The Centers for Disease Control and Prevention published a study last week that found melatonin poisoning in children had increased significantly during the pandemic.

Melatonin is a naturally occurring hormone that can help induce sleepiness. It is widely available over the counter.

Researchers led by Dr. Karima Lelak, an emergency physician at Children’s Hospital of Michigan, analyzed reports to poison control centers from 2012 to 2021 and found that annual melatonin overdoses by children increased by a factor of 530%, the overwhelming majority of which were unintentional ingestions.

The study also noted an increase in child hospitalizations due to melatonin poisoning, with the most significant increases occurring in 2020 and 2021.

Roughly 4,000 children suffered hospitalization over the 10-year period of study. Five ended up on ventilators, two of which died.

A melatonin overdose can result in nausea, migraines, diarrhea, restlessness, and joint pain. Cardiovascular and neurological systems can also be affected.

Children showed no symptoms in about 83% of the study’s reported cases. But in the others, reports indicated children experienced vomiting and altered breathing, among other symptoms.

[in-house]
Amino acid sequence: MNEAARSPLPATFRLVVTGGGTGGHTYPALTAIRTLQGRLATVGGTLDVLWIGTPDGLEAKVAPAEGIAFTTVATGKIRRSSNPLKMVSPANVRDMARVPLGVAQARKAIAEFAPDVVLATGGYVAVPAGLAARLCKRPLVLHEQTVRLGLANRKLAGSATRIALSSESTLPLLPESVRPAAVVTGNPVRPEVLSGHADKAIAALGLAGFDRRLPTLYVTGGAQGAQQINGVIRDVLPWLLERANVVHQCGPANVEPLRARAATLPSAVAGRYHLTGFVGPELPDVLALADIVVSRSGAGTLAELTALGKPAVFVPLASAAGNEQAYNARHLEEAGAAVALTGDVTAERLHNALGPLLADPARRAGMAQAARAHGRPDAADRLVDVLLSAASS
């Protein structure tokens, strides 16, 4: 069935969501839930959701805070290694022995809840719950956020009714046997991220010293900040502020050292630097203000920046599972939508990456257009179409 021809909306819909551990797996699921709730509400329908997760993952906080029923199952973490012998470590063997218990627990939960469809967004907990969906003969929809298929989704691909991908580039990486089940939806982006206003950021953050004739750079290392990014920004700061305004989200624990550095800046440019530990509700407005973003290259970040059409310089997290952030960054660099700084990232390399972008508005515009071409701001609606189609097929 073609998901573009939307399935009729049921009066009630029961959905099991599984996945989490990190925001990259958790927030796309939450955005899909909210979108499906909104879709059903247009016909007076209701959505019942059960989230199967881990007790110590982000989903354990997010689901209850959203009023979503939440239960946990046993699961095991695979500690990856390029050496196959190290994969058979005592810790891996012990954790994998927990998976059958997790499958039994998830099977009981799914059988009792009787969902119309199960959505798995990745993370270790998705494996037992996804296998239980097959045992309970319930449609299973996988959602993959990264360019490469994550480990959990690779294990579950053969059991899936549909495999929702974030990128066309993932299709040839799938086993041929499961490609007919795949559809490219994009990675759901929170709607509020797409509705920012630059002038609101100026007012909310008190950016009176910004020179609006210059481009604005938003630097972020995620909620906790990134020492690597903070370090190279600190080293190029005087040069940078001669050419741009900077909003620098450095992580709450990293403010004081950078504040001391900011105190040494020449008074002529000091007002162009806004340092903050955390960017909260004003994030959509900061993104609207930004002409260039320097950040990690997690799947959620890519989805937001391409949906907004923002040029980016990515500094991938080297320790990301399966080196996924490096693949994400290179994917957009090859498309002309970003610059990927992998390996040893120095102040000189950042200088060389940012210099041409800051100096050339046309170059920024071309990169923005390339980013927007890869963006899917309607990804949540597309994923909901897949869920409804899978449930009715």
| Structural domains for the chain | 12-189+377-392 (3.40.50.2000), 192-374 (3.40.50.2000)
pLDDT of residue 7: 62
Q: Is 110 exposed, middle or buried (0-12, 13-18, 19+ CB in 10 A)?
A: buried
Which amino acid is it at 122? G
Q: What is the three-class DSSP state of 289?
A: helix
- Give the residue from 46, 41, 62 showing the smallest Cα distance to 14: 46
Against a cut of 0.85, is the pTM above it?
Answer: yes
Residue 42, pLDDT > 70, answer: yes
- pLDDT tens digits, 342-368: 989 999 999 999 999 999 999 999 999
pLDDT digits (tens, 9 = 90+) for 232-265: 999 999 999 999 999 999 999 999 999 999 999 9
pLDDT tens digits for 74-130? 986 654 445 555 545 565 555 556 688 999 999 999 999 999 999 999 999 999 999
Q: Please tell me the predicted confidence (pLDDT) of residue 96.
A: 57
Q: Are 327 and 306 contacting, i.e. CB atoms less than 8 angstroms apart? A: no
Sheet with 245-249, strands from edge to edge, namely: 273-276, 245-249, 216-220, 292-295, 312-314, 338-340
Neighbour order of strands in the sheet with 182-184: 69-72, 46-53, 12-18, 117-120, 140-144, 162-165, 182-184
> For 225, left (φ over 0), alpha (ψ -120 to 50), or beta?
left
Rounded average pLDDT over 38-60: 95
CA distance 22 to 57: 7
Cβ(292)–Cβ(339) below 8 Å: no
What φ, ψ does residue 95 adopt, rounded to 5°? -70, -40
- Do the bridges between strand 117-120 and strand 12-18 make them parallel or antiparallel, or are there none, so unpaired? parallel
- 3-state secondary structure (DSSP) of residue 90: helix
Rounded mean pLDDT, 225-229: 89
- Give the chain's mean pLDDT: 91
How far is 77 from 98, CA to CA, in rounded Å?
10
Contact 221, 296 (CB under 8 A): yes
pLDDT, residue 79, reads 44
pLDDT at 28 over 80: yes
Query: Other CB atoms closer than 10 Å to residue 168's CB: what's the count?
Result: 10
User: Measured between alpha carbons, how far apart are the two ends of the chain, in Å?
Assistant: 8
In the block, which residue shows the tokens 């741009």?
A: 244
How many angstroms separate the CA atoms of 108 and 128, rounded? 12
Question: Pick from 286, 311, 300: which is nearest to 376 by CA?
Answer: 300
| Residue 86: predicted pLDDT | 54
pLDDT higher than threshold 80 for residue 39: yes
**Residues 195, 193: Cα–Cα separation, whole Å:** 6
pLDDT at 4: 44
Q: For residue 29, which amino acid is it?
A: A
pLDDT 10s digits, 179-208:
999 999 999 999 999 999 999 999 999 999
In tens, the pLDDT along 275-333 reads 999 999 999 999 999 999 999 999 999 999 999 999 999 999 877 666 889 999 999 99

On the possible causes of the increase in cases during 2020 and 2021, Lelak commented, “This might be related to increased accessibility of melatonin during the pandemic, as children spent more time at home because of stay-at-home orders and school closures. Further, reports of increasing sleep disturbances during the pandemic might have led to increased availability of melatonin in the home.”

Lelak noted that the data revealed significant variability in the active ingredient content of melatonin across retail brands, as high as 478% in some cases and as high as 465% between lots of the same product.

While many families find melatonin beneficial, the study cautions parents to consider that melatonin is regulated by the U.S. Food and Drug Administration as a “dietary supplement” as opposed to a drug.

Consequently, the FDA is under no obligation to investigate the purity of the elements used to manufacture the hormone, nor does it regulate the dosage.